Freshman tight end Eli Raridon will miss the rest of the season with a torn ACL suffered in a non-contact situation in practice this week, per Freeman on Thursday. Raridon played in five games this season, meaning it will count as a year off his eligibility clock, not making any catches in his appearances.
Raridon tore the ACL he tore in December playing basketball in his senior season of high school.
With Raridon sidelined, Notre Dame will lean even more on sophomore tight end Mitchell Evans, only recently back from a broken foot suffered in July.
Fifth-year defensive tackle Jayson Ademilola (rib contusion) and freshman defensive back Jaden Mickey (abductor strain) are both questionable to face the Rebels. And again, that game is available exclusively on Peacock at 2:30 ET on Saturday.
Ademilola’s injury is making it difficult for him to take full breaths, Freeman said. Assessing that ability between now and Saturday will determine his availability.
4 venues have been chosen, but YOU DECIDE which 2 will host epic watch parties as Notre Dame and Clemson go head-to-head off the field to prove who has the most school spirit in the #FanbaseFaceoff.— Notre Dame on NBC (@NDonNBC) October 14, 2022
Vote now!: https://t.co/cbhzoujvNz pic.twitter.com/7r1XNyhfBR
No. 4 CLEMSON vs. NOTRE DAME FANS
Another reminder to vote in the Fanbase Face-off to choose which of four bars will host a watch party when the Irish host the Tigers on Nov. 5.
Given this scribe did not leave Notre Dame Stadium until [this time is redacted to avoid aggravating any Stadium personnel, but it was before sunrise, to be clear] after the primetime loss to Stanford, there is no version of this where an Inside the Irish cameo occurs at the watch party, so no need to vote for O’Rourke’s Public House with that ulterior motive.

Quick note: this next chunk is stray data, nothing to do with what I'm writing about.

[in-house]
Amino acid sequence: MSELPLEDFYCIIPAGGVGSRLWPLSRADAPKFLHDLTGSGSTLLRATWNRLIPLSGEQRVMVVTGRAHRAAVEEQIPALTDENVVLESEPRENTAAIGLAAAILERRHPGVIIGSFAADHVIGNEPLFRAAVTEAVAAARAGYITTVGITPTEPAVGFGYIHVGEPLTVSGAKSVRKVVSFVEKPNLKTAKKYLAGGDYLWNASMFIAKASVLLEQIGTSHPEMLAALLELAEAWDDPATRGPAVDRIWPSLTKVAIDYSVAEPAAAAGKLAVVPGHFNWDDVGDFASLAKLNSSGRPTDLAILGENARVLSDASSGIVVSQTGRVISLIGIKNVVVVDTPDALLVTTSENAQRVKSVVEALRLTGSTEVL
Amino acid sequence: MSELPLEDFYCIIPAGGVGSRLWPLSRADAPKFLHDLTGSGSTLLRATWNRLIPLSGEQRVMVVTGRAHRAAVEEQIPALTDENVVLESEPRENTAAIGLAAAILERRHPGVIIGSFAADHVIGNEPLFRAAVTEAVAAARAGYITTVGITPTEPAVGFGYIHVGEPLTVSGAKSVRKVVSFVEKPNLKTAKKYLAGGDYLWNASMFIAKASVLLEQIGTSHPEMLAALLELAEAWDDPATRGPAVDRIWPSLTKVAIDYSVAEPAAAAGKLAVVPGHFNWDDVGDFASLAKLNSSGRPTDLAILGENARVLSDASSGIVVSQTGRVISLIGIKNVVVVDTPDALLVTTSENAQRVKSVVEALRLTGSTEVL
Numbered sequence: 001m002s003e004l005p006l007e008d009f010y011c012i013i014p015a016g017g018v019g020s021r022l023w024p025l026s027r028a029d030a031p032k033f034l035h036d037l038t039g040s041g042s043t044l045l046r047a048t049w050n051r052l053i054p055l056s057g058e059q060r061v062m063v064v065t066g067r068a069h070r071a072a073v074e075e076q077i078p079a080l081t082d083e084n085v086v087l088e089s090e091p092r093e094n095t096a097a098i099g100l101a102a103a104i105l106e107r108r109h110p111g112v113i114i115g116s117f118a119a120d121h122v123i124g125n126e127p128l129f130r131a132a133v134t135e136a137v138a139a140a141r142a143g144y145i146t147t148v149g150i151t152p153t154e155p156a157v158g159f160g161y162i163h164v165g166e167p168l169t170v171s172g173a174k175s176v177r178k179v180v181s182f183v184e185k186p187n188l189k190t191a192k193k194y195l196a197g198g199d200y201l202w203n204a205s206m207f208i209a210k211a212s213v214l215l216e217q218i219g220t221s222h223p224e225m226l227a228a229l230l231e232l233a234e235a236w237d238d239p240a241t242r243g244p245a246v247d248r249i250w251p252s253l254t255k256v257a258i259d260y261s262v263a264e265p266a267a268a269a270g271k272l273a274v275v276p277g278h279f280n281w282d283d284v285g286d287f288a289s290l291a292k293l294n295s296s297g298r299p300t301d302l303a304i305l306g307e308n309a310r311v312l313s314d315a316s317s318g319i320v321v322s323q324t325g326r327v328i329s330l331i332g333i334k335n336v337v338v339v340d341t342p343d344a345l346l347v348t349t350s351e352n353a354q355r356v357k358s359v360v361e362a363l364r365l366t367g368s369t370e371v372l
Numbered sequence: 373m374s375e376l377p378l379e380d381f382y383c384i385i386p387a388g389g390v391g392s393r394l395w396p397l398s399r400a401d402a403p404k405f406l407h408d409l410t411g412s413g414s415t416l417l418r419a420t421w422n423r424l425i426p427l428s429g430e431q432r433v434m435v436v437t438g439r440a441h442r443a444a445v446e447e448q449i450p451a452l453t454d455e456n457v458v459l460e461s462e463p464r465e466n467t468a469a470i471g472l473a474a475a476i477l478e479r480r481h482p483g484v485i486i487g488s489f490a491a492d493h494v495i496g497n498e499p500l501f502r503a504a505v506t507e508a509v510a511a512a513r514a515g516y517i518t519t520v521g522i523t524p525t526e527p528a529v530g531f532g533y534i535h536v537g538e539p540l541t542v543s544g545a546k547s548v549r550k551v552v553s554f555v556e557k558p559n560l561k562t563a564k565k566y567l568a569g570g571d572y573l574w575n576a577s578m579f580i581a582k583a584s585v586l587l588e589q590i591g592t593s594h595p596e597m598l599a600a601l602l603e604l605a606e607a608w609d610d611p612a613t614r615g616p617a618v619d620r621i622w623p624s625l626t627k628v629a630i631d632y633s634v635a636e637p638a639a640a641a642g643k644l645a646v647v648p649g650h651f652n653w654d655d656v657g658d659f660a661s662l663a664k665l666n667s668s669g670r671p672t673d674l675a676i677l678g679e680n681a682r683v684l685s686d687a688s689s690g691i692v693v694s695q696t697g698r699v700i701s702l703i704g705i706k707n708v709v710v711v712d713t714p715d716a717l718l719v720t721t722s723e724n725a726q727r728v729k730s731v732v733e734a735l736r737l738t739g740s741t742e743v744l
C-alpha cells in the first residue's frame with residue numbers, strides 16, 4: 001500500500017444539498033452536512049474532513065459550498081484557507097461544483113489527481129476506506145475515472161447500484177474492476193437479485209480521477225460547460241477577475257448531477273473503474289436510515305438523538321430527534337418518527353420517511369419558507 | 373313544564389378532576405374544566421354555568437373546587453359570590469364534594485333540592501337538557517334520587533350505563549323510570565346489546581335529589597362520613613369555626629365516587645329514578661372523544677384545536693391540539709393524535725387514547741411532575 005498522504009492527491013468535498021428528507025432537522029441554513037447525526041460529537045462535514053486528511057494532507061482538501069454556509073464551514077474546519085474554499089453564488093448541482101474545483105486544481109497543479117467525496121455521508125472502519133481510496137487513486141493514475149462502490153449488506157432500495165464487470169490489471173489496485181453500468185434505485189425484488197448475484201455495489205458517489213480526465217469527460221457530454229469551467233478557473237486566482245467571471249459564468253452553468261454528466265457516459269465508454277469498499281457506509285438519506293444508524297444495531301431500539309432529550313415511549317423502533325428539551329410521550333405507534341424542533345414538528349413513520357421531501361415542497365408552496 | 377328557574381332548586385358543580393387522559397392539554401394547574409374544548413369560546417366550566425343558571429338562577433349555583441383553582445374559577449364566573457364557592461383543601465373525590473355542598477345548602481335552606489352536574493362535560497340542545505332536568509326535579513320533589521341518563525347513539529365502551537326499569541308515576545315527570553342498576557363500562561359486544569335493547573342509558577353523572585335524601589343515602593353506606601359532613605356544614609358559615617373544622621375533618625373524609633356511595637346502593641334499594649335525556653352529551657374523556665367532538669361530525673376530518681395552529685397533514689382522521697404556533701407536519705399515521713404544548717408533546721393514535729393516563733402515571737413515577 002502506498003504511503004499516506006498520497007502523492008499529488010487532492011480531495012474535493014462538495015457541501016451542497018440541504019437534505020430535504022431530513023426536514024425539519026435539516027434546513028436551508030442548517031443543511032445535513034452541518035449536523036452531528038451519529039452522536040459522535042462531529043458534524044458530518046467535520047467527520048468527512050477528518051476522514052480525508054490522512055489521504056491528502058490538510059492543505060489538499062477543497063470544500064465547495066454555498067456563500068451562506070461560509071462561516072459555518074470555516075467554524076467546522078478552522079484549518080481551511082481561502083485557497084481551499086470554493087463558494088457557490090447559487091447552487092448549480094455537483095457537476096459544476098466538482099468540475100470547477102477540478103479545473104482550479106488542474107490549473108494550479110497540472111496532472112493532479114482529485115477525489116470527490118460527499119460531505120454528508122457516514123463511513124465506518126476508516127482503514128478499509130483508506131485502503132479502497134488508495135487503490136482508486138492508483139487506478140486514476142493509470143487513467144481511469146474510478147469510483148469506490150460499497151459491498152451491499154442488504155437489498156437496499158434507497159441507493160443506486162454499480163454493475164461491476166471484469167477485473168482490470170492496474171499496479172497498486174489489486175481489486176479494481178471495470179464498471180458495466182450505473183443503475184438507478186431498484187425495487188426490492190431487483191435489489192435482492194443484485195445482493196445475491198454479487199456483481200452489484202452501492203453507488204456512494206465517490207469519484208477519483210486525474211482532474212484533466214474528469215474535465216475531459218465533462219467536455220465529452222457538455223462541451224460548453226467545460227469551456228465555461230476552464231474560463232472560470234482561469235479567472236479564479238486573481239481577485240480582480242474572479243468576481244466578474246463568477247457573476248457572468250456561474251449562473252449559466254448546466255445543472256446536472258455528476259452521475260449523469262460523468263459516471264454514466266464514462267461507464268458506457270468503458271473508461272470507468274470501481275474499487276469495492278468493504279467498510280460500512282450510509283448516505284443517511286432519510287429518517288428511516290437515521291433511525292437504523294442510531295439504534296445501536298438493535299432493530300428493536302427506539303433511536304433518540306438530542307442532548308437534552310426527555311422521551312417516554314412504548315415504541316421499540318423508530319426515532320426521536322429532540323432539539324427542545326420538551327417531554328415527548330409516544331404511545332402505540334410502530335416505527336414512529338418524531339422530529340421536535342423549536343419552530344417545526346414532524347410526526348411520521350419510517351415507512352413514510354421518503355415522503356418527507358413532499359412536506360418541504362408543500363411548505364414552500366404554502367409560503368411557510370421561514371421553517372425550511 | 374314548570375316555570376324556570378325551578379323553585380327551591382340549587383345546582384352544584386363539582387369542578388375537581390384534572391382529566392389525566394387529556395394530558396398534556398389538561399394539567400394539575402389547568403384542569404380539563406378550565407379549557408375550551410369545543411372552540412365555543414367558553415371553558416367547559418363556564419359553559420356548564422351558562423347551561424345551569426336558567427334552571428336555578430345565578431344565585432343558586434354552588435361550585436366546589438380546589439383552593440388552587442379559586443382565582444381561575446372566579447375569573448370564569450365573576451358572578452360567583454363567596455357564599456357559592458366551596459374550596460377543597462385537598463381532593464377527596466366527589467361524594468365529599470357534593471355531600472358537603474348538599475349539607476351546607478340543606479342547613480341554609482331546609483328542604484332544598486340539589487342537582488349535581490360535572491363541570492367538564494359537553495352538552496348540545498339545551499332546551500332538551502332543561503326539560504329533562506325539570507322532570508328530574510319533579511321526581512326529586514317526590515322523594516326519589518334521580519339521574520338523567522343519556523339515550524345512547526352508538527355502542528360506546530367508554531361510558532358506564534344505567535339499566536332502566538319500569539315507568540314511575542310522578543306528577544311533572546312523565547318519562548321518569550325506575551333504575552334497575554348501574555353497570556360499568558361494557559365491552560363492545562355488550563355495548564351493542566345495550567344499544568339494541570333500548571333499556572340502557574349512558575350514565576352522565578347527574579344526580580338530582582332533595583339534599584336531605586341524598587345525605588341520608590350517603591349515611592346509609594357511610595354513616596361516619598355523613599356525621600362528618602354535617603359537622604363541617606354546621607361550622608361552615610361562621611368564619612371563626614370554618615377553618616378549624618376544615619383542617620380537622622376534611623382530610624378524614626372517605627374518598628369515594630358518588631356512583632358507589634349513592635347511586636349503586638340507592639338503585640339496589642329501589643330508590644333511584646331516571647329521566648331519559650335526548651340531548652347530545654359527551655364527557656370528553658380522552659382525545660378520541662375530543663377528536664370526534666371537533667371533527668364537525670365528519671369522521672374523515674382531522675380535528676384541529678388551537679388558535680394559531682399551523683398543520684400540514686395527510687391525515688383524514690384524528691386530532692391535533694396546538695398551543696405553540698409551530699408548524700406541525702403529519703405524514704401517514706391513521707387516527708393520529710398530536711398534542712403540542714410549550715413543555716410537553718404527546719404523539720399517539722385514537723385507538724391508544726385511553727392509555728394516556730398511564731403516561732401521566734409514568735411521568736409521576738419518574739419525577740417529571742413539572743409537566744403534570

INSIDE THE IRISH
— Best part of Irish Saturday comes from four-star RB before the loss to the Cardinal
— Things We Learned: Avoidable first-year mistakes cost Notre Dame, Marcus Freeman— And In That Corner … Can the injured UNLV Rebels give Notre Dame another challenge?
Also made it to a nine-year-old's flag football game last night.— Douglas Farmer (@D_Farmer) October 18, 2022
Takeaway from the seventh-grade game: Man, a good quarterback really tilts the game at any level.
Takeaway from the flag football game: That tackling looked similar to #NotreDame's on Saturday night. https://t.co/GCQVtEJxKB
— Home alone
— Patience in practice paying off for Notre Dame WR Tobias Merriweather
— Midseason grades for all 29 first-year college football coaches— Notre Dame’s struggles may leave Irish fans with unwelcome-but-familiar feeling— ‘Heaven’ — following the goal posts on euphoric night of greatness on Rocky Top